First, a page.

There are many situations that can result in accusations of domestic violence. One type of domestic violence charge involves stalking. Washington law defines stalking under RCW 9a.46.110 as a person who “intentionally and repeatedly harasses or repeatedly follows another person” and “intends to frighten, intimidate, or harass the person”.
But stalking does not always have to involve physical acts such as harassment or following. Harassment and stalking can also be alleged when a person torments another on the Internet. This is referred to as cyberstalking and it is a gross misdemeanor in Washington. RCW 9.61.260(1) states that:
A person is guilty of cyberstalking if he or she, with intent to harass, intimidate, torment, or embarrass any other person, and under circumstances not constituting telephone harassment, makes an electronic communication to such other person or a third party.
There are many acts that can be considered cyberstalking. For example, creating a fake Facebook profile for another person or a page about another person could be considered harassment. This may be considered domestic violence when the perpetrator shares a close family or intimate relationship with the victim. This could include an ex-husband creating fake profiles in order to keep online surveillance of his ex-wife or a mother using surveillance equipment to spy on the actions of the father of her child.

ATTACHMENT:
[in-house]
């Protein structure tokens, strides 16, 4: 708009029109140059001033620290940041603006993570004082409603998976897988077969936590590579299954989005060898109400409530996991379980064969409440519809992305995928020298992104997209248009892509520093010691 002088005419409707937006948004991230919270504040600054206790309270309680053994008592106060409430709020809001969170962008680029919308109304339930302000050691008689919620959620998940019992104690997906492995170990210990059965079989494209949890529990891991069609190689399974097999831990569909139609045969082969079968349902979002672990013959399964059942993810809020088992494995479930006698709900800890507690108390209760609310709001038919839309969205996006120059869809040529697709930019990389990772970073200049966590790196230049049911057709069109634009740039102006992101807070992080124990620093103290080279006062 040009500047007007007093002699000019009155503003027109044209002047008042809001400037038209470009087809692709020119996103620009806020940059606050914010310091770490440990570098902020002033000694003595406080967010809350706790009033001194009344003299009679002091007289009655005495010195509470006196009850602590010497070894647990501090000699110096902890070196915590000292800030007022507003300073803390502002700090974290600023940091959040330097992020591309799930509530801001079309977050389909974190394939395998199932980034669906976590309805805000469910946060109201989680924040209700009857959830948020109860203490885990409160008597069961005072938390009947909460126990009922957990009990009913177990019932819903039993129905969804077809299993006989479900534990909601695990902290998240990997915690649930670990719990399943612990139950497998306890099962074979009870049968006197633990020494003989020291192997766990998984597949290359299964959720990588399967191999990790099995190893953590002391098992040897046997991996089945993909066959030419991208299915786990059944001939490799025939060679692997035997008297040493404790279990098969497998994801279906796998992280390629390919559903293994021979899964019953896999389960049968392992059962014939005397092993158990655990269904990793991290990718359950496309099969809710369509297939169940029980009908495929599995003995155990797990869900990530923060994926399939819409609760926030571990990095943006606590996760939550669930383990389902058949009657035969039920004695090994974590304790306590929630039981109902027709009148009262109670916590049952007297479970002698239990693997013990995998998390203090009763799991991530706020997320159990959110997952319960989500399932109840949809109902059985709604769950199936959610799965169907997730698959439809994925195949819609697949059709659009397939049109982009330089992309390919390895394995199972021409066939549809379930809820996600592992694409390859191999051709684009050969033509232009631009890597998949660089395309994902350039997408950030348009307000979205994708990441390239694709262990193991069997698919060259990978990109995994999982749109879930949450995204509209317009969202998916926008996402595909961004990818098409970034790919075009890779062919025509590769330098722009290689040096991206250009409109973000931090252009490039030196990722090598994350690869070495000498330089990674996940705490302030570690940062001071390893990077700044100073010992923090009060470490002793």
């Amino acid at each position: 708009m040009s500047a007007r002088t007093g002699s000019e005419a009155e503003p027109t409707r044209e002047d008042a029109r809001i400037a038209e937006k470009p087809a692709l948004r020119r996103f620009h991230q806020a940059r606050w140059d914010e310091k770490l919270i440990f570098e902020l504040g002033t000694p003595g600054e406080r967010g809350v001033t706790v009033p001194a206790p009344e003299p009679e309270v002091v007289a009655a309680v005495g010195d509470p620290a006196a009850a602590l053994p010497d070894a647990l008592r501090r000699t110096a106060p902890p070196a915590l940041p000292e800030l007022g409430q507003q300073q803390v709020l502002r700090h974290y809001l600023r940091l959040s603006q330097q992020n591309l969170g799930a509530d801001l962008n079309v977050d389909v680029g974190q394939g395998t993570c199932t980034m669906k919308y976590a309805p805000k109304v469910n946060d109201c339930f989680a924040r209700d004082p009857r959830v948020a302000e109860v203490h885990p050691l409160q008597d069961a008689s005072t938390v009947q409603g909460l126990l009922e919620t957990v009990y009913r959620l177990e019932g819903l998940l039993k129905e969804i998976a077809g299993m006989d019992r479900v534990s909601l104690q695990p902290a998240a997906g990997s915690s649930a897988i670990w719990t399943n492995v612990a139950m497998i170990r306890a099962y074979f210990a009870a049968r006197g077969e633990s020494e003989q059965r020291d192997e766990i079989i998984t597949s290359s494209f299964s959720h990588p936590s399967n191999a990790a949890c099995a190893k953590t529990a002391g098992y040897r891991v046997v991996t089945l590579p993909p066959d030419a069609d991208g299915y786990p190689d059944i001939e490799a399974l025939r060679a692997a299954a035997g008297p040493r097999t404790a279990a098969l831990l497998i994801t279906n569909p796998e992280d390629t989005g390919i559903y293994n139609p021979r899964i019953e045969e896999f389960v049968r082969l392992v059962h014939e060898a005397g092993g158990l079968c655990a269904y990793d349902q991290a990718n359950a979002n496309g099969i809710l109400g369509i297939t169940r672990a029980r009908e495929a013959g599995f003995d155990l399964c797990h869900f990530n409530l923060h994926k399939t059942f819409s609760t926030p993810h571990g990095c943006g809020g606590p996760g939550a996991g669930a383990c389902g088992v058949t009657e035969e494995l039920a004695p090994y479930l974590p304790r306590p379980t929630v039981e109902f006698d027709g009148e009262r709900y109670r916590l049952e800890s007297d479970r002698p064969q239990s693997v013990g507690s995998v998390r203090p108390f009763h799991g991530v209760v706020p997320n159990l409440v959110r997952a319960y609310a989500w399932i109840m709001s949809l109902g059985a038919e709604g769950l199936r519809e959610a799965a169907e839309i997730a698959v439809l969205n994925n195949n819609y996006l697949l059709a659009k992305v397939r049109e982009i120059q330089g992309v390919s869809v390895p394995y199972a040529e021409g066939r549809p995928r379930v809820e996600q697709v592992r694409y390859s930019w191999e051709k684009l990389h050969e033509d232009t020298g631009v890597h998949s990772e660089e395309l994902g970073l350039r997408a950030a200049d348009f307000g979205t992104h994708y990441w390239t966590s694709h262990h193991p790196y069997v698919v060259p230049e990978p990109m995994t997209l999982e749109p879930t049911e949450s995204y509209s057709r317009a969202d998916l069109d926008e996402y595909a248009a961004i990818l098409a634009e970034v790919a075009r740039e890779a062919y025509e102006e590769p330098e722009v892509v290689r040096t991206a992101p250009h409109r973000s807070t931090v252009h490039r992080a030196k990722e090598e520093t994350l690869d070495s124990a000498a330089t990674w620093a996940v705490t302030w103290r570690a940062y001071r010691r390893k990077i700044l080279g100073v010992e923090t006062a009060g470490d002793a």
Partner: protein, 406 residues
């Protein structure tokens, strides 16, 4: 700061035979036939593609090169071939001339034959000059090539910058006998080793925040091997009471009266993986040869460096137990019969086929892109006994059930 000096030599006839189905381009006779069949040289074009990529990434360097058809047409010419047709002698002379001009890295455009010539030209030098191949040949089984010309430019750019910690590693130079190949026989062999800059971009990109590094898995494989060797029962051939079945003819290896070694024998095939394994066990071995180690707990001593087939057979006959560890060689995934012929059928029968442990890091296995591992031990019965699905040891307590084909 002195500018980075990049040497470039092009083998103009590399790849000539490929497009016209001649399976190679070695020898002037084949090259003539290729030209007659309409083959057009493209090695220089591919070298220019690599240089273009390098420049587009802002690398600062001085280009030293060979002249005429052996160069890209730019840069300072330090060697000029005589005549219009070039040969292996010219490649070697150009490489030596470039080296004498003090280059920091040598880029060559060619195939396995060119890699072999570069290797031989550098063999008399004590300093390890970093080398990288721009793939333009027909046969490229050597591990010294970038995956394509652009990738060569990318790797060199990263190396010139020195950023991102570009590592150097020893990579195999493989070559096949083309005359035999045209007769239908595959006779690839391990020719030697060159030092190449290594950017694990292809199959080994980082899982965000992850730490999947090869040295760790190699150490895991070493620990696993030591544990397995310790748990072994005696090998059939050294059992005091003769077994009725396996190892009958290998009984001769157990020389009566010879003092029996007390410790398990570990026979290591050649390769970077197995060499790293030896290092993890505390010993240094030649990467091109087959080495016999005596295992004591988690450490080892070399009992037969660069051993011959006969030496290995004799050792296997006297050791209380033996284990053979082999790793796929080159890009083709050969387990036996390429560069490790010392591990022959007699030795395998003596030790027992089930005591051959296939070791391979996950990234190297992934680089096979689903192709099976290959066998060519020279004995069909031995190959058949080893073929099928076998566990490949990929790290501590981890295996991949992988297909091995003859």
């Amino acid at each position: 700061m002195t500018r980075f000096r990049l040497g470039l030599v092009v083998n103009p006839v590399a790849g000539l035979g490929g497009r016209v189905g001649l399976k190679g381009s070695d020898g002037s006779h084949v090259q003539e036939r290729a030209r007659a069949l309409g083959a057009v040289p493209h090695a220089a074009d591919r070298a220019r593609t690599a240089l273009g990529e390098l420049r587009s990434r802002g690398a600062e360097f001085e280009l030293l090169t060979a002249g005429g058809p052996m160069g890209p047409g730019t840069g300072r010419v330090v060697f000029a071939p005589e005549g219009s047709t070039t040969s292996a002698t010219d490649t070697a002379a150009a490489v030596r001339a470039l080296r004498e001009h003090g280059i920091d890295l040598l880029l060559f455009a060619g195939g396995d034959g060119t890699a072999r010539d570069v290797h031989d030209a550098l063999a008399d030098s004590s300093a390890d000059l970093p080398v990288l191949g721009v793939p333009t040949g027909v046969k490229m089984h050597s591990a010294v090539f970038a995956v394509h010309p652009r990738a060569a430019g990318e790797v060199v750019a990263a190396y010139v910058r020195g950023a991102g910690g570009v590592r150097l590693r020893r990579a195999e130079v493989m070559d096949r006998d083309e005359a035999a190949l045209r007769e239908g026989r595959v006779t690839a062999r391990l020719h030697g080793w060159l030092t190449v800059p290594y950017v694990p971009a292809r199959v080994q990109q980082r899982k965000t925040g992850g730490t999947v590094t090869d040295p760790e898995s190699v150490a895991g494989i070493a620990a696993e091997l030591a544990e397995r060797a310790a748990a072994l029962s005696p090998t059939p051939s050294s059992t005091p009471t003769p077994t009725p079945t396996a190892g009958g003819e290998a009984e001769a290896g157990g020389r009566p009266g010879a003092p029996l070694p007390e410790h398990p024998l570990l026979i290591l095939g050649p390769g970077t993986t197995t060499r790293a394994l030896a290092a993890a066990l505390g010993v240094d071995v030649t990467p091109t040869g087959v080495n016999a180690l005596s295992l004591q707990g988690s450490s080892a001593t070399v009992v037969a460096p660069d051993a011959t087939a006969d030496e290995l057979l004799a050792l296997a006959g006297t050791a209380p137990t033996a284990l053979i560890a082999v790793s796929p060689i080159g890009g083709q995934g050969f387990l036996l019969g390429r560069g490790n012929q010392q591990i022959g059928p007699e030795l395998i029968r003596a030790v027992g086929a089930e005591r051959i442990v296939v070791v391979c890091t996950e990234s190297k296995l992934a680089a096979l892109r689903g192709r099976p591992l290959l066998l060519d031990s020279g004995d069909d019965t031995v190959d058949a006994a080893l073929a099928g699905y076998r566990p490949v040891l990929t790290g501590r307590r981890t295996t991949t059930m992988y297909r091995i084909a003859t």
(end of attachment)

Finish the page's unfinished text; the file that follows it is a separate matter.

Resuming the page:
While cyberstalking may seem like a minor offense and some might even take seriously, it can lead to criminal charges that result in consequences such as fines, and even jail time. Additionally, a domestic violence conviction of any type can lead to a no contact order as well as a blemish on one's criminal record. If you have been accused of cyberstalking or any type of domestic violence offense in Seattle, contact a defense attorney right away. The charges you are facing are serious and immediate action is needed.